He won his first world title in Middelfart (Denmark) in 1998 ahead of his compatriot Erwin Vervecken – who he would also get the better of a year later in Poprad (Slovakia). Finishing second in 2000, 2003 and 2004, third in 2001, he won a third and final rainbow jersey in Zolder (Belgium) in 2002. Mario De Clercq was such an important figure in Belgian cyclo-cross that an event, the Grand Prix Mario De Clercq, was established in his honour in 2000. The race featured as a round of the UCI World Cup in 2001-2002 and 2004-2005.
Born in ‘s-Hertogenbosch in 1971, Dutch rider Richard Groenendaal came from a cycling family. His father Rein was a professional rider in the 1980s and Dutch Champion in 1985.
Richard Groenendaal made a name for himself in the 1994 Cyclo-cross World Championships when he snatched second place in Koksijde (Belgium) and won another silver medal the following year at Eschenbach (Switzerland). Groenendaal won the UCI Cyclo-cross World Cup in 1998 but had to wait until 2000 before he could finally pull on the rainbow jersey, finishing ahead of two Belgians (De Clercq and Nys) on home ground in Sint-Michielsgestel (the Netherlands). A last lap attack allowed him to solo to victory.
Groenendaal again won the World Cup in 2001 and 2004 but never returned to the podium in the World Championships. He was the last non-Belgian to win the title for a seven-year stretch until 2008.
Germany’s Hanka Kupfernagel, born in Gera in 1974, was the first Women’s Cyclo-cross World Champion. She took nearly a minute out of Great Britain’s Louise Robinson at the inaugural women’s event at the 2000 World Championships in Sint-Michielsgestel (the Netherlands) to write her name in the history books.
Excellent on the road (ranked UCI number one in 1997 and 1999, silver medallist at the Olympic Games in Sydney), Kupfernagel was also terrific off-road, ending her career with four world titles and climbing on to the World Championship podium eight times in a row.
In Tábor (Czech Republic) in 2001, she beat a Dutch duo, Corine Dorland and Daphny Van den Brand for her second rainbow jersey.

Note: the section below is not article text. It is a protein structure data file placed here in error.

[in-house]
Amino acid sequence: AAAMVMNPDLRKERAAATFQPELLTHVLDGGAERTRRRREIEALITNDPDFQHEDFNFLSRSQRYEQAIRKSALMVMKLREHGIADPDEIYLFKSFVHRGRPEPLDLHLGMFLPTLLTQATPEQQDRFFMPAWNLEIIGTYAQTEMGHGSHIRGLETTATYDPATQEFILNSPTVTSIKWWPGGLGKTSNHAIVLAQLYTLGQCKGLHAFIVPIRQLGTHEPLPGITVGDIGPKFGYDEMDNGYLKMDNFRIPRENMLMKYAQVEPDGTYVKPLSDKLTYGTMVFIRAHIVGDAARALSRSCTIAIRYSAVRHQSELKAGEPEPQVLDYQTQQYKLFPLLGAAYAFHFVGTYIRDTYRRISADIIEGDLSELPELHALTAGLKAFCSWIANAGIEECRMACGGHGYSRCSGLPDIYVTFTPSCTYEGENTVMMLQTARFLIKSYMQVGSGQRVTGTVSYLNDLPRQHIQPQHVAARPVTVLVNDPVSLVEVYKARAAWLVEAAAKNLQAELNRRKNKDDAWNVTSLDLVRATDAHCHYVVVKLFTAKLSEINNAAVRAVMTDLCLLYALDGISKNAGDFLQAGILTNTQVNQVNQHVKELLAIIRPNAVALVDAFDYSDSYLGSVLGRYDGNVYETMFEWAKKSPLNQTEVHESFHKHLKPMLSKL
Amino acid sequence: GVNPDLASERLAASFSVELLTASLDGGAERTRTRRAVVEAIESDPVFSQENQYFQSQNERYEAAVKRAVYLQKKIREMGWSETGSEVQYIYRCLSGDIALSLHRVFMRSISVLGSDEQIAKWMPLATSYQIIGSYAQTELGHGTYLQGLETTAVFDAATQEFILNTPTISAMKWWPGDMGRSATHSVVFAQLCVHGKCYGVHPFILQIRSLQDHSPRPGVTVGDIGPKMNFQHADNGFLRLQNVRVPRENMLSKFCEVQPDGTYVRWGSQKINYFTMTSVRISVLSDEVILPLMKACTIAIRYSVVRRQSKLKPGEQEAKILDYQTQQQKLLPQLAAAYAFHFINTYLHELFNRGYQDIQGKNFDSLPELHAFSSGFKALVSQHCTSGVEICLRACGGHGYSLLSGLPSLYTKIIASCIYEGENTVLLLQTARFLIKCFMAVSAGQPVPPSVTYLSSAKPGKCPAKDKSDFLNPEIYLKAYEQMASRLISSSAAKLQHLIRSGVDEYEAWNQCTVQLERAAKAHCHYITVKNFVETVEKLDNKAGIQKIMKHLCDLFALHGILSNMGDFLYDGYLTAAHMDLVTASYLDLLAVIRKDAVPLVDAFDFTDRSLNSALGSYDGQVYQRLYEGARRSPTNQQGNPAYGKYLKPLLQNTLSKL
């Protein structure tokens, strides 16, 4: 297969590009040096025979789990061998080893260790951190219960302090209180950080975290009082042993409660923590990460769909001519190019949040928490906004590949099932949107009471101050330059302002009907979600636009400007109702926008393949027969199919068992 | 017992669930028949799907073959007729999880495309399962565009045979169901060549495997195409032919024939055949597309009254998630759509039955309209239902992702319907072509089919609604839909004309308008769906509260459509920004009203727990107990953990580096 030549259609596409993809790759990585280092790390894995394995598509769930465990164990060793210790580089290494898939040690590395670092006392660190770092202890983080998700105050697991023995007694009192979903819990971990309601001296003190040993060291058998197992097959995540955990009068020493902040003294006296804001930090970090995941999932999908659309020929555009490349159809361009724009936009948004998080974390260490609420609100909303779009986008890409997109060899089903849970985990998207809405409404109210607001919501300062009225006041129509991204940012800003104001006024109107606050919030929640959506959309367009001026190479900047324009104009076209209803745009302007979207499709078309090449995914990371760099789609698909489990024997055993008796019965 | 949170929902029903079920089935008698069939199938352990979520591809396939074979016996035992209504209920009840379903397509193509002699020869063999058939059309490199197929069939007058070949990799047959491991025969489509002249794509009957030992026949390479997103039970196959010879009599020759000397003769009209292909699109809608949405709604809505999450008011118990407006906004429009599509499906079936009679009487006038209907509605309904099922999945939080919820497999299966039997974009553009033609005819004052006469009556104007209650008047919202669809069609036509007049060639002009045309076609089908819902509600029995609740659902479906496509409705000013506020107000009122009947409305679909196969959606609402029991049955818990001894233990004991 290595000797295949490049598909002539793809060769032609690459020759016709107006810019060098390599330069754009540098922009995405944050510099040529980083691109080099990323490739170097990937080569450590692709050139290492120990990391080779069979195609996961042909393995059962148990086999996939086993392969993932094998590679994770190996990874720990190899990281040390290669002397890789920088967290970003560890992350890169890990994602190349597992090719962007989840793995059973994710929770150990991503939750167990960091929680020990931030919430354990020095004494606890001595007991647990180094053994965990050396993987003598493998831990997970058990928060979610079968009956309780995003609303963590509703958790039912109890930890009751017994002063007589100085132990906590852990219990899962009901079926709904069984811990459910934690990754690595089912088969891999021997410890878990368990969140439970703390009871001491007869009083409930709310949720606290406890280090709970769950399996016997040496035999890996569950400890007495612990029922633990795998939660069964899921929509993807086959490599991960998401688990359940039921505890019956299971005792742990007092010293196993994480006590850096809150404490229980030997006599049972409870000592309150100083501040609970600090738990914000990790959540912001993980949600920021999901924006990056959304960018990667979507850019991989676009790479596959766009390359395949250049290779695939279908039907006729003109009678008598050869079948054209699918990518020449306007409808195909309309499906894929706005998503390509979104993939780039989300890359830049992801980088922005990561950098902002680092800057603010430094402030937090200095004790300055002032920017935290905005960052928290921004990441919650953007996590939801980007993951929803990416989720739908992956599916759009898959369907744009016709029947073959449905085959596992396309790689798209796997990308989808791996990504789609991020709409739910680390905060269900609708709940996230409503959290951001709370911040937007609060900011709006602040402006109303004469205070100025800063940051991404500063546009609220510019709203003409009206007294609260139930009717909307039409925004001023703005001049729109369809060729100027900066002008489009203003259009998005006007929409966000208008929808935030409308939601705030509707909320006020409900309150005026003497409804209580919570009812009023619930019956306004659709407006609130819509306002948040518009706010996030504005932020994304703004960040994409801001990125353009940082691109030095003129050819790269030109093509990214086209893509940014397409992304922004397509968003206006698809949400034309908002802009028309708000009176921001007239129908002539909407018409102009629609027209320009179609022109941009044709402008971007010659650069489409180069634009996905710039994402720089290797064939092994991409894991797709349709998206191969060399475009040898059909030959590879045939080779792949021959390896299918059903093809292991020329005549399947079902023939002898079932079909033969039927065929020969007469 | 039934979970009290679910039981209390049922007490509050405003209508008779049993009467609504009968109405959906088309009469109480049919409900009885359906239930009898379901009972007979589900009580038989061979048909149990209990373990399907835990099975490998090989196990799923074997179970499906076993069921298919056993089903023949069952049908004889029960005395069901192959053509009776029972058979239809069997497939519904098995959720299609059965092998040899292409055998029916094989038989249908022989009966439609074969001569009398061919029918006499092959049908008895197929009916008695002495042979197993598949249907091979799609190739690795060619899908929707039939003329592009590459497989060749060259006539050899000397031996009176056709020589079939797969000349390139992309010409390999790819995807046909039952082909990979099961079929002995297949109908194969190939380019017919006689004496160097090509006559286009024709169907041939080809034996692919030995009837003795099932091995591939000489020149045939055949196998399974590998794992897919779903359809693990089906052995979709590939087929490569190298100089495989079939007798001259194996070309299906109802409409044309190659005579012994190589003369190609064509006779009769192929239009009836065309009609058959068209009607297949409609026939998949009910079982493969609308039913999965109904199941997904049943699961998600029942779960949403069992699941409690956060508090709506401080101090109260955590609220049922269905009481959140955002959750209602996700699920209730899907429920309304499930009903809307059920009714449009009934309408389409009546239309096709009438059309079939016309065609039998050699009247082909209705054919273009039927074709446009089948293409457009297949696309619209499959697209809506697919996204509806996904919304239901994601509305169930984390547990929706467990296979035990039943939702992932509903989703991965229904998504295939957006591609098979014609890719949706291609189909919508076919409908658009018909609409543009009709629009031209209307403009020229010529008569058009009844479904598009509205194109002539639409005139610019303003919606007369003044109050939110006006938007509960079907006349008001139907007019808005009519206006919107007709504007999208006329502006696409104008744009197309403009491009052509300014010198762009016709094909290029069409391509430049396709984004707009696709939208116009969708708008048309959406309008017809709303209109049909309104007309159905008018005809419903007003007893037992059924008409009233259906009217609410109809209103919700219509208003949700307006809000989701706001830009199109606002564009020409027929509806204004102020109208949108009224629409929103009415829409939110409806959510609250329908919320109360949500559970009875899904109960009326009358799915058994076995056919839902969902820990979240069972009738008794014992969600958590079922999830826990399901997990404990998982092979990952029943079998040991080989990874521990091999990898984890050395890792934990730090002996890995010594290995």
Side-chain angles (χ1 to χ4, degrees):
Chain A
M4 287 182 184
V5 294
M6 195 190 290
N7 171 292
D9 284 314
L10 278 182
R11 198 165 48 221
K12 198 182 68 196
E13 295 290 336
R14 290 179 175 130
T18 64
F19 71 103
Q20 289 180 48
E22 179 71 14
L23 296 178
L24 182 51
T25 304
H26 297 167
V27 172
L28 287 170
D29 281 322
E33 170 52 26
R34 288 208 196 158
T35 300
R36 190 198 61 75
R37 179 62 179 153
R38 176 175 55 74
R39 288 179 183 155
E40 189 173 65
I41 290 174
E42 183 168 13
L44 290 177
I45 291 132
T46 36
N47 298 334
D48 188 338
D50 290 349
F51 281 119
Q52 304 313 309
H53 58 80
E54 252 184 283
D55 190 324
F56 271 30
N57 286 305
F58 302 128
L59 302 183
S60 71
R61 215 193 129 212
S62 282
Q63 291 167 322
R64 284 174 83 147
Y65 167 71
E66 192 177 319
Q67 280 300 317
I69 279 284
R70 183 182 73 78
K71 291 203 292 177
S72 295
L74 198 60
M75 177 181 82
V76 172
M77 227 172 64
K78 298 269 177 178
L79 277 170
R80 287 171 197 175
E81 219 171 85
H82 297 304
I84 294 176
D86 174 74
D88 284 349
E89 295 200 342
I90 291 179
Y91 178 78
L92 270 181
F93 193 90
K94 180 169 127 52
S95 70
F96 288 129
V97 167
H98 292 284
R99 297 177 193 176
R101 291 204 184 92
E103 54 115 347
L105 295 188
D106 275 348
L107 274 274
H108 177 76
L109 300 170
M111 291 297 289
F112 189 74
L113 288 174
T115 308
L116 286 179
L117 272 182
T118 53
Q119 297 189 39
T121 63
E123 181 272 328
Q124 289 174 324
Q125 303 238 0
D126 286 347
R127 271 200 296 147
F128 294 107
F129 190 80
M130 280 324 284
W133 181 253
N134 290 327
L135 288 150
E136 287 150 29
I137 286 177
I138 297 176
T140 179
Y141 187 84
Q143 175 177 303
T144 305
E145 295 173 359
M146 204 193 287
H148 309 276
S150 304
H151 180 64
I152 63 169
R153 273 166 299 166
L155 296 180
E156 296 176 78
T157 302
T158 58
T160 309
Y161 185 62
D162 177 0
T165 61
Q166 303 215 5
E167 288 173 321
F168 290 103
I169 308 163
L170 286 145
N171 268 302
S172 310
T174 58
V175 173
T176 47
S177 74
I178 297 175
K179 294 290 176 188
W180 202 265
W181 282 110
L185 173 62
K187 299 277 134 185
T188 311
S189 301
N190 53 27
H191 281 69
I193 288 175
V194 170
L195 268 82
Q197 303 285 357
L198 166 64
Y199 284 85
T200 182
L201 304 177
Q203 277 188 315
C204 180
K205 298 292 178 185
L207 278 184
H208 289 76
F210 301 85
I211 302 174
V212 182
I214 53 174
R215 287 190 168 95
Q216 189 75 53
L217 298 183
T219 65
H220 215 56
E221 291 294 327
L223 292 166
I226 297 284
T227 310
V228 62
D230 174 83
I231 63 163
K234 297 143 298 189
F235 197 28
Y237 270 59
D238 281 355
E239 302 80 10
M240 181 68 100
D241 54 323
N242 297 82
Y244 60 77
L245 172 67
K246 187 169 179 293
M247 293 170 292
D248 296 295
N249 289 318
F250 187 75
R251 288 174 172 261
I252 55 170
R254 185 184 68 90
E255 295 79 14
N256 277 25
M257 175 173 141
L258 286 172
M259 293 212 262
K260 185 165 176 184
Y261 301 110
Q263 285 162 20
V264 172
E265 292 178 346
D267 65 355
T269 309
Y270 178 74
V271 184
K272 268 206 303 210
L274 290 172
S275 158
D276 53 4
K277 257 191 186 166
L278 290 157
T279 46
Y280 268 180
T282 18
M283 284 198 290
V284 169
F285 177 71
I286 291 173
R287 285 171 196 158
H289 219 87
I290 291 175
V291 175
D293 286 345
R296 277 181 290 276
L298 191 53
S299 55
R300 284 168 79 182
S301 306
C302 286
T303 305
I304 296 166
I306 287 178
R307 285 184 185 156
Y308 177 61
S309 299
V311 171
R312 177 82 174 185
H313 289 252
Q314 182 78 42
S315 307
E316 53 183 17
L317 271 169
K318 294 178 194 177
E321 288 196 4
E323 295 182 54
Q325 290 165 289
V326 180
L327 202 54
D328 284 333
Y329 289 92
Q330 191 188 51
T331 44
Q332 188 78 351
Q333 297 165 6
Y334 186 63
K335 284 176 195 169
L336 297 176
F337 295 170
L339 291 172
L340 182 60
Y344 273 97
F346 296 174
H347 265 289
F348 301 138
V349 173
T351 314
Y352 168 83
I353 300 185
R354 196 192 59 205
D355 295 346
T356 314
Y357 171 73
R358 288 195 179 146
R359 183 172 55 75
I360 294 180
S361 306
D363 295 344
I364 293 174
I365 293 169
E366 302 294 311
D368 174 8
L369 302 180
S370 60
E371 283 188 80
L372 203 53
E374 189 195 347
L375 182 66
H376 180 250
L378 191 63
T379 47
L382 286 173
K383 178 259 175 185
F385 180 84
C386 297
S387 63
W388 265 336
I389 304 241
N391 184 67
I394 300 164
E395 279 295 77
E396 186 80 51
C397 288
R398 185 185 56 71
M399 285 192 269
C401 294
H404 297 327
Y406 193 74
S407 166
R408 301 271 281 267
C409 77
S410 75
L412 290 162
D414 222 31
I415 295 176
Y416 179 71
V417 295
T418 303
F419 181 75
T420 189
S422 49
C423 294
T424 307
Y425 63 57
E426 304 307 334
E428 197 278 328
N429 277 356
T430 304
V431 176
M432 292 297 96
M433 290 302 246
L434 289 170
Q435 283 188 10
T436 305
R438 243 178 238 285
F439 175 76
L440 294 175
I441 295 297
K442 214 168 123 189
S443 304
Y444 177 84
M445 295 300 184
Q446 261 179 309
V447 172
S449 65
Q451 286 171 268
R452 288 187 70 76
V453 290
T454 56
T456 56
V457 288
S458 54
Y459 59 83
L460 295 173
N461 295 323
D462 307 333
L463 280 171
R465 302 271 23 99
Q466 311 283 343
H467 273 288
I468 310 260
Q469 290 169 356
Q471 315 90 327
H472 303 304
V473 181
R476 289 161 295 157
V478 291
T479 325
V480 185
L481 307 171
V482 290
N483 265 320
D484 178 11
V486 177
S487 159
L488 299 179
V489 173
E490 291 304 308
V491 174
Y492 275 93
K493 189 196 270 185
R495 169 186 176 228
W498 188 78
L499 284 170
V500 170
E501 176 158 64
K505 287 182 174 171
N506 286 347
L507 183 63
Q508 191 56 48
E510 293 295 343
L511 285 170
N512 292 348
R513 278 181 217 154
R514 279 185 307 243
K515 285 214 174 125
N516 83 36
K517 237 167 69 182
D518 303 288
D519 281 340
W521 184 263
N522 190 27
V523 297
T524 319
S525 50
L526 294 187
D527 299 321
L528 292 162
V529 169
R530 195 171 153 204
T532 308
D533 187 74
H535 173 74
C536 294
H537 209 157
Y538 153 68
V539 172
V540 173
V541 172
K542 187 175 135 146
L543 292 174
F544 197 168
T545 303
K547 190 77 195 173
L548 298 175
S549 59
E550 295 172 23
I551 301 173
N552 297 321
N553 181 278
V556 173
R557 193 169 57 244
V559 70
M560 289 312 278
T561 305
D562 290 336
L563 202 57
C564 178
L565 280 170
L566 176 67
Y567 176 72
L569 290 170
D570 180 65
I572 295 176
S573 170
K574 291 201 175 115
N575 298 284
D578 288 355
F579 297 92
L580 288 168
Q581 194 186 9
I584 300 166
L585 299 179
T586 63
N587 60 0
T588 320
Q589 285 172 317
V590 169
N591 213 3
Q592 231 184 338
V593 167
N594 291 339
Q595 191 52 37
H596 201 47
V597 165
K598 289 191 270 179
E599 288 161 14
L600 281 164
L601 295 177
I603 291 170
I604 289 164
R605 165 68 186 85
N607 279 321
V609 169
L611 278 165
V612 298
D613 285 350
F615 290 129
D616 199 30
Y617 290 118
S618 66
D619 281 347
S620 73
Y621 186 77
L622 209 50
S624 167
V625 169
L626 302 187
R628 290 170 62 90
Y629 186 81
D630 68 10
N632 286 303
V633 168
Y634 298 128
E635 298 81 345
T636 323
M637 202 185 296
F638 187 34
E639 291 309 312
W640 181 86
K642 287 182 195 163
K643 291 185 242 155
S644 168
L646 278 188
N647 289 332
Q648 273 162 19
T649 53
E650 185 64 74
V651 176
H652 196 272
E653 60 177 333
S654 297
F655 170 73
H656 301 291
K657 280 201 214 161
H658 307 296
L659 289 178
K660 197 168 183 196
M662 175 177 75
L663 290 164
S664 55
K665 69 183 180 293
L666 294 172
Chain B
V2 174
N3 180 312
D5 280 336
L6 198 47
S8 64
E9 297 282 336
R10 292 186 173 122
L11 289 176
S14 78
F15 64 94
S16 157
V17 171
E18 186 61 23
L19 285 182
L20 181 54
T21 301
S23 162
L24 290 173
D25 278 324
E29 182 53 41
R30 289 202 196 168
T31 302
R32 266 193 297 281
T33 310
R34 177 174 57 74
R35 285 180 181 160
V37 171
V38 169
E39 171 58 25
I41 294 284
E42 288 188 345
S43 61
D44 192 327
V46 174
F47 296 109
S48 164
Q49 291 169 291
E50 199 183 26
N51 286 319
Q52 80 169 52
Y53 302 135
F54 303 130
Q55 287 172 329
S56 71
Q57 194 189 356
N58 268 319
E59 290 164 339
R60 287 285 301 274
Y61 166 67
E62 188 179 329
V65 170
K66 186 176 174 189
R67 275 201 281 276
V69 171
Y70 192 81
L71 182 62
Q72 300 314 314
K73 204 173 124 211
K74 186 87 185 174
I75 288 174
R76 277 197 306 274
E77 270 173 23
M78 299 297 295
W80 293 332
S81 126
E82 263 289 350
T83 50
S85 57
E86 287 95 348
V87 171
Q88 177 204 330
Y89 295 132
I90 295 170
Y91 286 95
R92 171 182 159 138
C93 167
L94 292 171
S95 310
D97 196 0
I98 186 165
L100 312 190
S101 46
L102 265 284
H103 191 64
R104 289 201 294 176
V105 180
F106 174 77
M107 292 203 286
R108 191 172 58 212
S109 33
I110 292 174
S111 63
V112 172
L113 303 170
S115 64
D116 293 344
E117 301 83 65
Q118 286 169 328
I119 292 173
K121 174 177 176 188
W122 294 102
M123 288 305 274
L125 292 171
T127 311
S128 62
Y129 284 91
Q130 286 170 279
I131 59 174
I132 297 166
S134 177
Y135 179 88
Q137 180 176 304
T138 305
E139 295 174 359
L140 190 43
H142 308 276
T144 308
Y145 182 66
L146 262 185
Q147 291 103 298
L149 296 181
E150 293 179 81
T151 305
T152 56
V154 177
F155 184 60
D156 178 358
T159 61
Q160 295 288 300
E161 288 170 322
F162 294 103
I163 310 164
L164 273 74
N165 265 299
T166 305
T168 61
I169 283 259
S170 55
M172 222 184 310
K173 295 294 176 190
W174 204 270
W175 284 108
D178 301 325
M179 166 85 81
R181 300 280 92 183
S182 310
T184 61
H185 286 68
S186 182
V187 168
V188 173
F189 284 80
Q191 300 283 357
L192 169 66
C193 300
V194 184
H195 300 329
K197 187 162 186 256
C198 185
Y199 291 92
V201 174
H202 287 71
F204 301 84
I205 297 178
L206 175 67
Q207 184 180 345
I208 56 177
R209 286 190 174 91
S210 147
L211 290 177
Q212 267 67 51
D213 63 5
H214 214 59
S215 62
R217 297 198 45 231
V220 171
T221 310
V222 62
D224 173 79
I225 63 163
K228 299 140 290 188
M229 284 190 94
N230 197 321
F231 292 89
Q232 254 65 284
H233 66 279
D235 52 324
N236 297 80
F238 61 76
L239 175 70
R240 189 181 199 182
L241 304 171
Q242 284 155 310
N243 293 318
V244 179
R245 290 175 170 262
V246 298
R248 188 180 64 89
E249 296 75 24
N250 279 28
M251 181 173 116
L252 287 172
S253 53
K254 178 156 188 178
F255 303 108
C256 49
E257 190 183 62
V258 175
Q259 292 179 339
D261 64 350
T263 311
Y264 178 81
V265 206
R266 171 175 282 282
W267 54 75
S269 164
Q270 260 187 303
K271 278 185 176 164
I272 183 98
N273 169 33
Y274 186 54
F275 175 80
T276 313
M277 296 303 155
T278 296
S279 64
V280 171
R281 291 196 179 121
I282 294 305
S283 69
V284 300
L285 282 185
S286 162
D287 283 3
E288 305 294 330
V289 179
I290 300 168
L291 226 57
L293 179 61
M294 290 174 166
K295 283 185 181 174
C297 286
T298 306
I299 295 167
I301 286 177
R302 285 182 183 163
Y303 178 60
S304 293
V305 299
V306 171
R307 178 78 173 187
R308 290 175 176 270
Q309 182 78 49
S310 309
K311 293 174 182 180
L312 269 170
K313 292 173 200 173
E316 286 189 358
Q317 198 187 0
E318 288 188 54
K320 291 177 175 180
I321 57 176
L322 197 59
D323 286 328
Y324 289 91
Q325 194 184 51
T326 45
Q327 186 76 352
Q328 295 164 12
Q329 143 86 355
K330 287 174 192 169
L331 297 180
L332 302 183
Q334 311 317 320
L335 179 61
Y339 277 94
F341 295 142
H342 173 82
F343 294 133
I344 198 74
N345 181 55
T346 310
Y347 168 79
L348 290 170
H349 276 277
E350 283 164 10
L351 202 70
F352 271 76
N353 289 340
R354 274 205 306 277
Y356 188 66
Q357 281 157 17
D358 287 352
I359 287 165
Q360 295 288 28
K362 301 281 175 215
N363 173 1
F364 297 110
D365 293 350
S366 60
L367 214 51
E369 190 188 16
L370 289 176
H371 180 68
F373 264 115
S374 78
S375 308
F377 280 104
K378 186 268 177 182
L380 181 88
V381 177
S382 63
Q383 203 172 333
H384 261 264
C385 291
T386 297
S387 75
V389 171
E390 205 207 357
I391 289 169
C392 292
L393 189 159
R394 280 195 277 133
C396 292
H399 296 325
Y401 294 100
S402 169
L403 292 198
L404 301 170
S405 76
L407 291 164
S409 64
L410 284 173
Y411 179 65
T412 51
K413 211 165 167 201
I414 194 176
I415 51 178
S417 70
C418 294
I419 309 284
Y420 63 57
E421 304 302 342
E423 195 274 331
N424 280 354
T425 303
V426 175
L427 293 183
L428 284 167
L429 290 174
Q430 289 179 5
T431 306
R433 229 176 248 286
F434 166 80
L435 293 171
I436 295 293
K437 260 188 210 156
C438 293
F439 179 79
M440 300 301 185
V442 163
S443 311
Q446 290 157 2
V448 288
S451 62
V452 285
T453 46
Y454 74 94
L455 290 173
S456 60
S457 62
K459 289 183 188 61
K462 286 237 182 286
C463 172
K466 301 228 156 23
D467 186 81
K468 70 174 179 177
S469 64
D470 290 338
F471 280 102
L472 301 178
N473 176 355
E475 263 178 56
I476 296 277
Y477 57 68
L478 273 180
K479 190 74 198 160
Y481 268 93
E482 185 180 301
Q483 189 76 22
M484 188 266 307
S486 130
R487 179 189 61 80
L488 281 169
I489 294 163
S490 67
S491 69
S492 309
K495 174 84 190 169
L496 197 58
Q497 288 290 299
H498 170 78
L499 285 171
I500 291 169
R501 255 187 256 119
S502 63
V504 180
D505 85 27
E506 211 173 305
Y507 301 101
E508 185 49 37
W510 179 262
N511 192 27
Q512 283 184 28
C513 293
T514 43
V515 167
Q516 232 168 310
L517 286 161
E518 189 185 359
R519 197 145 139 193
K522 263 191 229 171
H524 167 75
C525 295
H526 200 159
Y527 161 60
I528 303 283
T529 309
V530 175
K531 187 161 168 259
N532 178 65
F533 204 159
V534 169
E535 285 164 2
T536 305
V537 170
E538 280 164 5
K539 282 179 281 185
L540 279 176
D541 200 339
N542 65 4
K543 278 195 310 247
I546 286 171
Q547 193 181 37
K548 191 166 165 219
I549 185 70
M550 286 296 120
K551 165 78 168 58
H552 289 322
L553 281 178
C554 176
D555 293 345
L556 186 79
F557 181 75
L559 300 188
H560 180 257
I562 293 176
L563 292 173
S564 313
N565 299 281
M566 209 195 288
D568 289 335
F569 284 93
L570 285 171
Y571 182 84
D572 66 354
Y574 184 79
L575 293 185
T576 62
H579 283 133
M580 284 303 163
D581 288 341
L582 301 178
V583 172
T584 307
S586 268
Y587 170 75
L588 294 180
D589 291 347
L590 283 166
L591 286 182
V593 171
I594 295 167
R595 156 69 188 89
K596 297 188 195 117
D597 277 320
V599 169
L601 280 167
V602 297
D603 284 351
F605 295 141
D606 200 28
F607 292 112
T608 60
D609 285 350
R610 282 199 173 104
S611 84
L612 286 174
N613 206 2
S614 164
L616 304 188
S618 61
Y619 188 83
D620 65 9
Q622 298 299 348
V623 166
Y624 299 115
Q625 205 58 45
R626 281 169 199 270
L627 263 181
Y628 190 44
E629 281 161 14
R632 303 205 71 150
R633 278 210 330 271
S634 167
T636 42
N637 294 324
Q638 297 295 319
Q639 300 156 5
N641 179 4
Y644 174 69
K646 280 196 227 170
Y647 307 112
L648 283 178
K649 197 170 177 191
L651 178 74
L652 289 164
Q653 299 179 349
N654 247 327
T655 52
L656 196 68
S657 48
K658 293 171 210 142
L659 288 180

An extremely versatile rider (World Champion in the Junior Pursuit and Mountain Bike National Champion in 2007), Kupfernagel was beaten by just two seconds in 2003 and had to concede to France’s Laurence Leboucher in 2002 and 2004. But she bounced back in Sankt-Wendel (Germany) in 2005, winning her third world title.
A fourth rainbow jersey was hers in Treviso (Italy) in 2008, winning just a few seconds ahead of a certain Marianne Vos.
Marianne Vos is one of the most prolific champions in the history of women’s cycling. Her precocious talents date back to her initiation into cycling at the age of six when she was desperate to emulate her brother. Vos is sometimes described as the female “Cannibal” after Eddy Merckx.
Born in ‘s-Hertogenbosch in 1987, the Dutch rider has been equally dominant in road, track and cyclo-cross events. In 2006, aged just 19, she won two rainbow jerseys in the same year.
In cyclo-cross, her success continued to grow after her first world title at Zeddam (the Netherlands) in 2006. In that first triumph, she overcame the previous queen of the cross-country event, Hanka Kupfernagel. Then, from 2009, she completely dominated the discipline with six consecutive victories in the World Championships: 2009 (Hoogerheide), 2010 (Tábor), 2011 (Sankt-Wendel), 2012 (Koksijde), 2013 (in the snow at Louisville) and 2014 (Hoogerheide). Hampered by injury in Tábor in 2015 she had to settle for bronze, with victory going to the French rider Pauline Ferrand-Prévot. Her seven titles equal the record for men held by Erik De Vlaeminck.
Seven titles… for the time being. After a terrible 2015 beset by injuries, the Dutch champion plans to return in 2016, with the Rio Olympic Games a major objective. And more than likely further successes on muddy cyclo-cross courses…